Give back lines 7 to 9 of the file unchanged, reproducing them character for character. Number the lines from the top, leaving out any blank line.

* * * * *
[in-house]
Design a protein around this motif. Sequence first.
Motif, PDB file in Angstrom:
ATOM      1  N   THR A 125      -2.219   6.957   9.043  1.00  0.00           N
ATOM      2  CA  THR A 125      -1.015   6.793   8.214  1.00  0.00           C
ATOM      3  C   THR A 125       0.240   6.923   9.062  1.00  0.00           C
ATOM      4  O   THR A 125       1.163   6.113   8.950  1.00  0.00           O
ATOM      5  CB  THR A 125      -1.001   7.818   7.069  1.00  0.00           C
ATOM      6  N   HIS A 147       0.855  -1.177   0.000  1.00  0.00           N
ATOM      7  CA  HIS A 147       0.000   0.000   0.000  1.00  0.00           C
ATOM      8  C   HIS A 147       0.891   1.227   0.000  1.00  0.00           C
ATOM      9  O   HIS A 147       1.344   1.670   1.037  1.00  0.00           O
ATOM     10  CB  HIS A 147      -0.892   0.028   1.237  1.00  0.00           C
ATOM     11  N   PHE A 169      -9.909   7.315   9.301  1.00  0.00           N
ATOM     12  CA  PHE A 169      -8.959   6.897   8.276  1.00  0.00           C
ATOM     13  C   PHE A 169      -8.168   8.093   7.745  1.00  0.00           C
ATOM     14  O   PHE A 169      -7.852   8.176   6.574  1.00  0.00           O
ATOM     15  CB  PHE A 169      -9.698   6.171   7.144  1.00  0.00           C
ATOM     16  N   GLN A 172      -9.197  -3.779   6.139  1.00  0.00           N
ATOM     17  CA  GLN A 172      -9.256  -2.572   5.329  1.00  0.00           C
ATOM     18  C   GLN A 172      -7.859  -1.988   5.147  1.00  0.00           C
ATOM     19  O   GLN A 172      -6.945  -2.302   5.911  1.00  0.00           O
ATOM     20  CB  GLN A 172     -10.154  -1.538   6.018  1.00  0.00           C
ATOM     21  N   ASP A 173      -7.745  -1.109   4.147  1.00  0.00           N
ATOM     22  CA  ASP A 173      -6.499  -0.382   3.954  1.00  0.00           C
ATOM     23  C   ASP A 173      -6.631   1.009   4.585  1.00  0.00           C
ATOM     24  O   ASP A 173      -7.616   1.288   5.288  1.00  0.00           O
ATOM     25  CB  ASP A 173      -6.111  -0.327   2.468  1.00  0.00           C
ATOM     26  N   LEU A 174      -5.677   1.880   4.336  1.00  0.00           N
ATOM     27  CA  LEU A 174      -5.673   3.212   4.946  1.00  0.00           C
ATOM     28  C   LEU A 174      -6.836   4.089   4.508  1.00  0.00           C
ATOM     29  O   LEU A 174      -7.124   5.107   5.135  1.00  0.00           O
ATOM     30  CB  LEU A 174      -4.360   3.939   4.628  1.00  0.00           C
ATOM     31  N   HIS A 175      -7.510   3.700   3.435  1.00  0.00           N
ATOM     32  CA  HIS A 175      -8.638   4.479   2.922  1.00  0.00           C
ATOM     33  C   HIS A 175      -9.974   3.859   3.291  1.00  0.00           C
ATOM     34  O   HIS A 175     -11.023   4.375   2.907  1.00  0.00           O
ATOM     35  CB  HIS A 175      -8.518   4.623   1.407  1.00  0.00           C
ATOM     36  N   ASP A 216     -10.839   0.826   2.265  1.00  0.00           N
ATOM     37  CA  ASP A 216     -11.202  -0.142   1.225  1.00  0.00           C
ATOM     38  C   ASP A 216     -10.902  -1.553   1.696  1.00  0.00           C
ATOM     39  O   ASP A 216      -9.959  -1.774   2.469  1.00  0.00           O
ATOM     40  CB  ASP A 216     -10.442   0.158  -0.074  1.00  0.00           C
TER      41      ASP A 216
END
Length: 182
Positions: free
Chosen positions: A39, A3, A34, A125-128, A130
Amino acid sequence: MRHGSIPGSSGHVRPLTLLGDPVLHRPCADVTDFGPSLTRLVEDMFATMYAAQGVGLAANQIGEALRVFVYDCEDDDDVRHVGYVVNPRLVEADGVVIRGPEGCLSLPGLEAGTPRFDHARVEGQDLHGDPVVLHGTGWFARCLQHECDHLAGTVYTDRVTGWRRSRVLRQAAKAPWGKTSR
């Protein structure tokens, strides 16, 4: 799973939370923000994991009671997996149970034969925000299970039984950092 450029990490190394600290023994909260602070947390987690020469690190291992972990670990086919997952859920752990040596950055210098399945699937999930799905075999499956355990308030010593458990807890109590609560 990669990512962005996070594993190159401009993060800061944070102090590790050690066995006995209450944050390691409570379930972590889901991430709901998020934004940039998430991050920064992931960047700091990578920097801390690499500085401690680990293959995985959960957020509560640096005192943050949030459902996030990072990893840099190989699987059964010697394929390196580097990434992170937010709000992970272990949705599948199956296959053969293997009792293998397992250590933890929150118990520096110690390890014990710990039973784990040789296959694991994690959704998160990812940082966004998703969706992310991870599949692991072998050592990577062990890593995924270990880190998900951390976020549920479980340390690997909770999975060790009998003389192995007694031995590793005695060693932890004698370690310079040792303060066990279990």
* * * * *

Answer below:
ATOM      4  O   THR A 125       1.163   6.113   8.950  1.00  0.00           O
ATOM      5  CB  THR A 125      -1.001   7.818   7.069  1.00  0.00           C
ATOM      6  N   HIS A 147       0.855  -1.177   0.000  1.00  0.00           N